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New student organisations are blossoming – the challenge is how to keep them alive

Stanislas Salavert, CBS Students. Photo: Caroline Hammargren

The number of student societies at CBS has more than tripled in the last five years. But with a busy and ever-changing student population, the challenge is for the organisations to outlive the natural turnover of members.

News |   27. Mar 2023

Caroline Hammargren


Stanislas Salavert, a third-year student of Business administration and sociology, is part of CBS Students’ management team and responsible for “bringing life into the student life”. That includes working on society day, the network book and organising other events related to student societies.

Student societies at CBS experienced a bit of a downturn during COVID-19. With few events organised, few new people joined during those years. As a result, some societies have lacked people who can rise through the ranks and take over from previous presidents and board members to run the organisations.

“It’s a problem, and I know some societies have had a hard time looking for the next people. Now they are slowly coming back to life,” says Stanislas Salavert.

It’s cool to say you started a club, but you need to have a certain word of mouth before you get going.

Stanislas Salavert, CBS Students

CBS Students wants to make the societies more aware of the support they can offer. Our meeting place is one example: a new recording studio in Solbjerg Plads that has been set up for student societies to use.

Stanislas Salavert moves a few microphones out of the way before we start the interview. An energetic fast-talker, he lists more examples of what is available: cameras, technical equipment and practical support such as a series of upcoming workshops and tools to make running an organisation easier.

“It’s cool to say you started a club, but you need to have a certain word of mouth before you get going,” he says.

Reaching out in a crowded student society landscape is one common challenge for the societies, information loss due to turnover another. And, running an organisation, which usually means registering as a non-profit, entails a lot of administrative work that CBS Students can support with.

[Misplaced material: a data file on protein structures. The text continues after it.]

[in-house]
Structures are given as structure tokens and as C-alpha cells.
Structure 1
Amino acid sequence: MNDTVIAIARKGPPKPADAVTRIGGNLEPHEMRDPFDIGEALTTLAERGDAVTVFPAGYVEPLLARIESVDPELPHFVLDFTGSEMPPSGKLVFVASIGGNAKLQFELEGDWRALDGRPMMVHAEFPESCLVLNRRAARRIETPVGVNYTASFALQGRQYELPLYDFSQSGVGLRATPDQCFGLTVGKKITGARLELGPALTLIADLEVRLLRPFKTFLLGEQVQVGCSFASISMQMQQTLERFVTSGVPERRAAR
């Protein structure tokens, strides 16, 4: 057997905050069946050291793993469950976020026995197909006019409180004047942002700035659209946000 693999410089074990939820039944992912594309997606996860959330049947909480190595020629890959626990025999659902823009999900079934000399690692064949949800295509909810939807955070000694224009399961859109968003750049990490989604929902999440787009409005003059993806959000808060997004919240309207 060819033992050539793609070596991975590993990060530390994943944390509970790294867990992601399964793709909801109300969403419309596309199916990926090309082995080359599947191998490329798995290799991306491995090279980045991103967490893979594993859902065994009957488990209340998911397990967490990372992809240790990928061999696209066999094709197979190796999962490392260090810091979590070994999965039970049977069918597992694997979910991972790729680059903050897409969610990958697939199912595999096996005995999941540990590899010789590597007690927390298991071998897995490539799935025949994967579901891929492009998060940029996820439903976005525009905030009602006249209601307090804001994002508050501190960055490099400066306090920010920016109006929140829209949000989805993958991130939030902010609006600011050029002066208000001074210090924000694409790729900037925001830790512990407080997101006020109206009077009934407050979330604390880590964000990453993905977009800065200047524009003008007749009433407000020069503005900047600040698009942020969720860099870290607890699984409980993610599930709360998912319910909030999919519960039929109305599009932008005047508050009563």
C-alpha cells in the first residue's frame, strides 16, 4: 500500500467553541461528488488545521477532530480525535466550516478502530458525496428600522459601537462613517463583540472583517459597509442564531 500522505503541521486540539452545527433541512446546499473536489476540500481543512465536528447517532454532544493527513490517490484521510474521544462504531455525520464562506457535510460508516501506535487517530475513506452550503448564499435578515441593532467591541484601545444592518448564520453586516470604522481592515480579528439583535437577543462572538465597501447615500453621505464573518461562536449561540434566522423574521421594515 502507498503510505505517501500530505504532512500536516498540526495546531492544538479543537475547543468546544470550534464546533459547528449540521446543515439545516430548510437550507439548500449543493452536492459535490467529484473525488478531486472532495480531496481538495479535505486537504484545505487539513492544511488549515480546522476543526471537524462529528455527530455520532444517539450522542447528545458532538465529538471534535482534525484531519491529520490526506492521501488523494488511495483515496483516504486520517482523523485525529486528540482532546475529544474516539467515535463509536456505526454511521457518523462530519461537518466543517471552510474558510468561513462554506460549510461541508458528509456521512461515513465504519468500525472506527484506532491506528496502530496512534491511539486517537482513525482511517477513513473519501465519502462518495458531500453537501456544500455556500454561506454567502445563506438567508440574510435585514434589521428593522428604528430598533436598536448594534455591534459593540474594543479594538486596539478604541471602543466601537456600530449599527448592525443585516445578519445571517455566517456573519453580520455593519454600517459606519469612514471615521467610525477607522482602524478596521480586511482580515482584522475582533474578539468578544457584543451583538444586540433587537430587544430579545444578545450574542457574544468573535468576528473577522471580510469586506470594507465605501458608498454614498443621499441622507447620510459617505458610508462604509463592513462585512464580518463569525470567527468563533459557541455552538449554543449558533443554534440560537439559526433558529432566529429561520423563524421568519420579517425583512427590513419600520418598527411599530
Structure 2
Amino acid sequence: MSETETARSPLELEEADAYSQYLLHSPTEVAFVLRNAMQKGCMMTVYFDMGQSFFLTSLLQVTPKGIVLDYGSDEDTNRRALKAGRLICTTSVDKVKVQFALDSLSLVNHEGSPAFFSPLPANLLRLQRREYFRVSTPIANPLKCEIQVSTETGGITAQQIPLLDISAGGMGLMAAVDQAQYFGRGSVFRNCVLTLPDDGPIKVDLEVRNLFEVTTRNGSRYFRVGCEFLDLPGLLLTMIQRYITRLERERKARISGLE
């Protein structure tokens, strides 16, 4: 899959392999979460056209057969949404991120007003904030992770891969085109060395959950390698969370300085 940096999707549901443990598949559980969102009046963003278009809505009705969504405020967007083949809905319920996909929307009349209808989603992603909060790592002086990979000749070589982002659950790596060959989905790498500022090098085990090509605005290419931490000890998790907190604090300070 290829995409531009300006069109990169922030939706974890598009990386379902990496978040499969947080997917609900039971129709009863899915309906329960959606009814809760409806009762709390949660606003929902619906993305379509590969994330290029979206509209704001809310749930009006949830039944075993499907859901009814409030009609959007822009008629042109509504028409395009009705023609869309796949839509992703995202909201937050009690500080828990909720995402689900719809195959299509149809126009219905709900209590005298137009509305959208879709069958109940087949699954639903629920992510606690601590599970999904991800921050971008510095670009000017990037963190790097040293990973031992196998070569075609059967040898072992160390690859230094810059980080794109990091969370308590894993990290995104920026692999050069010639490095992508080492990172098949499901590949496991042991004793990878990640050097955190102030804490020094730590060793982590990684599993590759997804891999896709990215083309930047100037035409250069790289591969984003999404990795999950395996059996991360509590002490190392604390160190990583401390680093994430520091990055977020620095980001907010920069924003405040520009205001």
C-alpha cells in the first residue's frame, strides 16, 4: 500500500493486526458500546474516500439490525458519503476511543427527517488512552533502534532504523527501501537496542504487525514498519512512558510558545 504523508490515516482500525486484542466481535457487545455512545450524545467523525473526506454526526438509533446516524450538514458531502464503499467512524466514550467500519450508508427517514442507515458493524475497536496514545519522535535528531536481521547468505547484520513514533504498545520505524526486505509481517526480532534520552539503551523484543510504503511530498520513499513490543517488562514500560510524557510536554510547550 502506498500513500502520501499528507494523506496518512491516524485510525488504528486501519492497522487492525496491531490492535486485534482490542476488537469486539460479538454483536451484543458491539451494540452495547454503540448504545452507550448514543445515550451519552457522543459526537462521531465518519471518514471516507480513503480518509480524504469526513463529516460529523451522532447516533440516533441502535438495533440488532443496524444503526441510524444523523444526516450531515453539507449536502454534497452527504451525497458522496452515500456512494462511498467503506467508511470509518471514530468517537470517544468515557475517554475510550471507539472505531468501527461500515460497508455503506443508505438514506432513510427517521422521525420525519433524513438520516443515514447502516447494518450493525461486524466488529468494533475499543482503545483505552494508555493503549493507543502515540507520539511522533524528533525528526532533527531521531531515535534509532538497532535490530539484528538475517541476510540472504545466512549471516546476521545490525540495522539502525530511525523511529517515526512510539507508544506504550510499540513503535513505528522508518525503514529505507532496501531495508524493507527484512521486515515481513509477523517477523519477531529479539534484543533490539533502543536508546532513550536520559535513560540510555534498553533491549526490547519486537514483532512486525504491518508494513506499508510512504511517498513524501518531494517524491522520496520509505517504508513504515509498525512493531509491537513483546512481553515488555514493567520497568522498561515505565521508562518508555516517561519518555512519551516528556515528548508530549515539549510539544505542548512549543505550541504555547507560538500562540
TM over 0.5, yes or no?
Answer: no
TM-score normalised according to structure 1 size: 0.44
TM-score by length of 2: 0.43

CBS Students also provides funding, via something called the Activity pool, where the societies can apply for 1,5 million DKK each year.

Currently, 129 societies are registered with CBS Students. The number keeps changing.  A new organisation was just accepted and another is in the process. In comparison, five years ago, only 40 organisations were registered with CBS Students.

Find your passion

Now, Stanislas Salavert spends much of his time working at CBS Students, the mother of all student organisations, and has plenty on his plate. But in the past, he participated in various societies, like CBS Jam, which plays music, and the Climate Club, which a friend convinced him to join. He attended Green Impact Week with them, something he says he would never have seen himself doing before.

He thinks participating in student societies has opened his eyes to new areas and helped him discover new passions.

“I’m not going to lie, when I originally came to CBS, I was looking to be very career oriented and find a job that makes me comfortable in the long run. Like, people who say they love their job, I didn’t understand how they could say that. With time, I’ve discovered new passions and it led me to meet a lot of people.”

He sums up the benefits of joining a student society as threefold:

“Personally: meeting new friends. Academically: discovering different points of view. And workwise: discovering your passion.”


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